In support of its conclusion that such regulations were necessary, the IRS pointed to the prevalence of the use of tax return preparers but the lack of consistent oversight, and specifically found that

[t]he tax system is best served by tax return preparers who are ethical, provide good service, and are qualified. . . . As such, the IRS recognizes the need to apply a uniform set of rules to offer taxpayers some assurance that their tax returns are prepared completely and accurately. Increasing the completeness and accuracy of returns would necessarily lead to increased compliance with tax obligations by taxpayers.

         Regulations Governing Practice Before the Internal Revenue Service, 76 Fed. Reg. at 32294. Thus, “[t]he primary benefit anticipated from these regulations is that they will improve the accuracy, completeness, and timeliness of tax returns prepared by tax return preparers.” Id. The IRS later specifically identified two overarching objectives of the new regulations: “The first overarching objective is to provide some assurance to taxpayers that a tax return was prepared by an individual who has passed a minimum competency examination to practice before the IRS as a tax return preparer, has undergone certain suitability checks, and is subject to enforceable rules of practice. The second overarching objective is to further the interests of tax administration by improving the accuracy of tax returns and claims for refund and by increasing overall tax compliance.” Furnishing Identifying Number of Tax Return Preparer, 75 Fed. Reg. 60309, 60310 (Sept. 30, 2010).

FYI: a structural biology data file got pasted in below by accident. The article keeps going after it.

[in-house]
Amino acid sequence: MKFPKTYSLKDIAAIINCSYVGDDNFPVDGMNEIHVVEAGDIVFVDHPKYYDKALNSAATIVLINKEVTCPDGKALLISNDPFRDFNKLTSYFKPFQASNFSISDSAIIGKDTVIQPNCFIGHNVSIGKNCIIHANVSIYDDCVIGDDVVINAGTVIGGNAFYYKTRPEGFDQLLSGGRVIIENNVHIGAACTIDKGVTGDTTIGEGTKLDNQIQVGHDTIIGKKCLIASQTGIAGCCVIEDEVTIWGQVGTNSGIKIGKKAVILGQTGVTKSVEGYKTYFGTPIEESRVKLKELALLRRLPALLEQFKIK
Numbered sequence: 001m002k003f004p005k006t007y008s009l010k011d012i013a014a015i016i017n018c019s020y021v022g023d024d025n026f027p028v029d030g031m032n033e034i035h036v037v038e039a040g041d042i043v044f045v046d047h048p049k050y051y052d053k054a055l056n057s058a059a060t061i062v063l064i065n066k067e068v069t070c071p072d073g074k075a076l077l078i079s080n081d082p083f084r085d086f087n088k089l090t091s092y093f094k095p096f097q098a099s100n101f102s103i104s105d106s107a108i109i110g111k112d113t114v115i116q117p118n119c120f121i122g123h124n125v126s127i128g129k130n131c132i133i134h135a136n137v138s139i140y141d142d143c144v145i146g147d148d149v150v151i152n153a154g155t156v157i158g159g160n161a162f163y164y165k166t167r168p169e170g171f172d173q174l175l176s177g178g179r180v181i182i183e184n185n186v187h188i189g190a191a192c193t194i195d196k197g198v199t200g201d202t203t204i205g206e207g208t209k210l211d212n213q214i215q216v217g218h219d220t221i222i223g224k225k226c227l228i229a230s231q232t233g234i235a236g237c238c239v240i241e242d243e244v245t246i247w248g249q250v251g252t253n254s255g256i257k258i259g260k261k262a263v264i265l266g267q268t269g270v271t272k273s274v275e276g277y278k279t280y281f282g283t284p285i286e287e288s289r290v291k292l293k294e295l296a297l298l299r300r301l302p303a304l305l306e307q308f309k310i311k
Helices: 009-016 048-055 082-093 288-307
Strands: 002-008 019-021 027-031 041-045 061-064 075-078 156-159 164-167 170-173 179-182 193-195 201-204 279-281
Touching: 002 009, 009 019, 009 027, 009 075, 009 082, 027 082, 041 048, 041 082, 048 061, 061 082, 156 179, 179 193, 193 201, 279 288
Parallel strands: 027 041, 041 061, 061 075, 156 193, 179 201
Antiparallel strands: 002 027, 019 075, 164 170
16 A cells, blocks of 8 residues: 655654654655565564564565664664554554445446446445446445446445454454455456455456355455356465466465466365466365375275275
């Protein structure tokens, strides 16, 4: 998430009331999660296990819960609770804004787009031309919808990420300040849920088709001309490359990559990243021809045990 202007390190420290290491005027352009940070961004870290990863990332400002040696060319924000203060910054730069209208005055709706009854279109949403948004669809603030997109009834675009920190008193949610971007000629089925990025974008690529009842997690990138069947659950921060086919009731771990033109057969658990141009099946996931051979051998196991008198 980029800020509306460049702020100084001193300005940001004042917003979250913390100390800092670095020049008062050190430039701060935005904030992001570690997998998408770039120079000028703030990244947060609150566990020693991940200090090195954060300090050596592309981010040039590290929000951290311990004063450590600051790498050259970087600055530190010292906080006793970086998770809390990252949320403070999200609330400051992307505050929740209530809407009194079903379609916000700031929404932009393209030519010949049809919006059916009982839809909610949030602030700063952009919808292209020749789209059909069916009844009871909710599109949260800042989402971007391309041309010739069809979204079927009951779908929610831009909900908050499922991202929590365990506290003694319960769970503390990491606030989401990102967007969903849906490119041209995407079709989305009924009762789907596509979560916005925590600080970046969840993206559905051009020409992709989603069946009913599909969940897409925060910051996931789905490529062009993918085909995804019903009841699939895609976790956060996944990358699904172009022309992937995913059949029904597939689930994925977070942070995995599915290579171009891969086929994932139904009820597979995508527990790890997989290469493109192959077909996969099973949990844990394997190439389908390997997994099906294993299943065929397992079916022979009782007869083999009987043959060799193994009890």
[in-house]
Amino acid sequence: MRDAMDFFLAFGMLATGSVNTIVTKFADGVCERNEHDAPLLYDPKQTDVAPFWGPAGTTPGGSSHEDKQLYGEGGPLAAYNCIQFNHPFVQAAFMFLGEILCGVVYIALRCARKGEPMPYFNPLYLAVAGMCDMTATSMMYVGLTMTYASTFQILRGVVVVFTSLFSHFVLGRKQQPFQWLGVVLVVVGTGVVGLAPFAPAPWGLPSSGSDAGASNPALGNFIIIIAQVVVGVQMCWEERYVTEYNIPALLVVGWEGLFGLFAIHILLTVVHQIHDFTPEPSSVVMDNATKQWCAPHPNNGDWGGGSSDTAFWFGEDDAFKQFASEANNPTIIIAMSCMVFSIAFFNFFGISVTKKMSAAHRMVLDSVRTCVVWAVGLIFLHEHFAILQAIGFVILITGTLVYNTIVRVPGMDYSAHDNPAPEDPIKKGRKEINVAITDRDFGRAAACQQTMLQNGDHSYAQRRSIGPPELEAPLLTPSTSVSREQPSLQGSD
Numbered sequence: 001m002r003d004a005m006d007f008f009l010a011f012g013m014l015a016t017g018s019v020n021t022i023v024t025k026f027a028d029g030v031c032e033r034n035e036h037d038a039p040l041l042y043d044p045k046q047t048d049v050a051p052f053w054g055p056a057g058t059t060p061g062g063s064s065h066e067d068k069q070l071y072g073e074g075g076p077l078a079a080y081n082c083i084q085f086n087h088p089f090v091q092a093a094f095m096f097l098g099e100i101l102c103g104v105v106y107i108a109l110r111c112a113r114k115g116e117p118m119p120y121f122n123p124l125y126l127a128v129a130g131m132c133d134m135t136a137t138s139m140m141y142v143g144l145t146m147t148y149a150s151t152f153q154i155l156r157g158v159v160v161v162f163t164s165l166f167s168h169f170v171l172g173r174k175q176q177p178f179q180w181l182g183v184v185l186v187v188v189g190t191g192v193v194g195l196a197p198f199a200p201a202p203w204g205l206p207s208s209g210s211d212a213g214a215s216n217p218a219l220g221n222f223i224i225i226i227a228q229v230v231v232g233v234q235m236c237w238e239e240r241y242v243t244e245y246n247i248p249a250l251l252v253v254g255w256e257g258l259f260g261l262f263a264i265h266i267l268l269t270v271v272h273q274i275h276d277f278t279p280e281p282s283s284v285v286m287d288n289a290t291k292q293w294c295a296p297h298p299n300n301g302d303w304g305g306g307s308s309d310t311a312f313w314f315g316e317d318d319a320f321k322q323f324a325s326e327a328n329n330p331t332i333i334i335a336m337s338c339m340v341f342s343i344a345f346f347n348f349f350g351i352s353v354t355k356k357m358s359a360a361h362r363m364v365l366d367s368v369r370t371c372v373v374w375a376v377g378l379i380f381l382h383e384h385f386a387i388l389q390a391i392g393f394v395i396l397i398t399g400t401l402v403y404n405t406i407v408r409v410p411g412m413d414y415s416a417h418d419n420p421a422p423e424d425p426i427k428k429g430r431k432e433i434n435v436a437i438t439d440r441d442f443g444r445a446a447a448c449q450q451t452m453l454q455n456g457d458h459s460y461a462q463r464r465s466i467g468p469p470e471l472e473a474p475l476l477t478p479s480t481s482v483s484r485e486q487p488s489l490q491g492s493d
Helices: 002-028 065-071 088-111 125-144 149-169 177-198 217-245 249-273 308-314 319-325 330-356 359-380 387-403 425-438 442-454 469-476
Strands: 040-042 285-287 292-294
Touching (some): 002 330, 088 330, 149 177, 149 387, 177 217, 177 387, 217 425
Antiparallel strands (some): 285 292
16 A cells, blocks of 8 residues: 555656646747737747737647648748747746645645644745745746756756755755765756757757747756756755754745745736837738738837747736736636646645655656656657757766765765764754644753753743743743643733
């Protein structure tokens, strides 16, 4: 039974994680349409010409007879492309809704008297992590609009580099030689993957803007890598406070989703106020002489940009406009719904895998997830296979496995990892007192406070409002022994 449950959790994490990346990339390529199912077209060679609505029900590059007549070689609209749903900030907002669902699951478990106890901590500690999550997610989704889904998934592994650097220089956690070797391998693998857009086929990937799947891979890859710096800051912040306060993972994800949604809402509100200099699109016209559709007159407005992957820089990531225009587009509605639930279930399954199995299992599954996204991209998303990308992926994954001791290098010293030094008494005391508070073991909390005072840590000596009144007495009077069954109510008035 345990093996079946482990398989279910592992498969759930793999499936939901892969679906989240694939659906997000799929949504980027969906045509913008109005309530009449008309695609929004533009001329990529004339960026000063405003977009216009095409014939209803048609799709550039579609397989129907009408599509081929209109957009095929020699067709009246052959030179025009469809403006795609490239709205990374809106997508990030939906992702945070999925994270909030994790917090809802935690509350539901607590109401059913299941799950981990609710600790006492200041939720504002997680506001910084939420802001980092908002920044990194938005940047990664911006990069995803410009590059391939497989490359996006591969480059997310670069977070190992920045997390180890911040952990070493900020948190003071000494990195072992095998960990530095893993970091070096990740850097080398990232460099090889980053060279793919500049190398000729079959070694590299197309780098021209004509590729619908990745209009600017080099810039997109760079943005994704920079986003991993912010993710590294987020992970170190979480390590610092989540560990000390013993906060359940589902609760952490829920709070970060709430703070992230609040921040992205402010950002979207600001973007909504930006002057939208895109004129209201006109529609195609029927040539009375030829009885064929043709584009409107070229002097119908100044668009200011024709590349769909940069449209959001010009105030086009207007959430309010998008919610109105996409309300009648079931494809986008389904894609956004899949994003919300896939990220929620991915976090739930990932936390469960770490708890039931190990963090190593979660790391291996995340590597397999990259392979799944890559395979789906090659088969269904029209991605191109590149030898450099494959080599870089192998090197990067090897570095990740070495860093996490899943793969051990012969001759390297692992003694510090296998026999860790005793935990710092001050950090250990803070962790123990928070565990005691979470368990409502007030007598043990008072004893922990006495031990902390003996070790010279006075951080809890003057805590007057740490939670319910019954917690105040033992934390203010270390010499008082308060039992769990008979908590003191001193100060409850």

A statutory provision-in effect prior to the new regulations-requires that “[a]ny return or claim for refund prepared by a tax return preparer shall bear such identifying number for securing proper identification of such preparer, his employer, or both, as may be prescribed.” 26 U.S.C. § 6109(a)(4). The statute explains that an individual's social security number “shall, except as shall otherwise be specified under regulations of the Secretary, be used as the identifying number.” Id. § 6109(d). The regulations, however, required, for the first time, that “tax return preparers must obtain and exclusively use the [PTIN] in forms, instructions, or other guidance, rather than a social security number (SSN), as the identifying number to be included with the tax return preparer's signature on a tax return or claim for refund.” Furnishing Identifying Number of Tax Return Preparer, 75 Fed. Reg. at 60309; 26 C.F.R. § 1.6109-2(d). As justification for the requirement that preparers must obtain and use a PTIN, the IRS repeatedly cited to the need to identify individuals involved in preparing a tax return for others so as to aid their ability to oversee such individuals “and to administer requirements intended to ensure that tax return preparers are competent, trained, and conform to rules of practice.” Furnishing Identifying Number of Tax Return Preparer, 75 Fed. Reg. at 60310, 60313. The IRS further explained the need for the exclusive use of PTINs, as opposed to both PTINs and social security numbers, arguing that “[m]andating a single type of identifying number for all tax return preparers and assigning a prescribed identifying number to registered tax return preparers is critical to effective oversight.” Id. at 60313. Specifically, “[e]stablishing a single, prescribed identifying number for tax return preparers will enable the IRS to accurately identify tax return preparers, match preparers with the tax returns and claims for refund they prepare, and better administer the tax laws with respect to tax return preparers and their clients.” Id. at 60314. The IRS also briefly mentioned that the regulations requiring the use of a PTINs would “help maintain the confidentiality of SSNs.” Id. at 60309.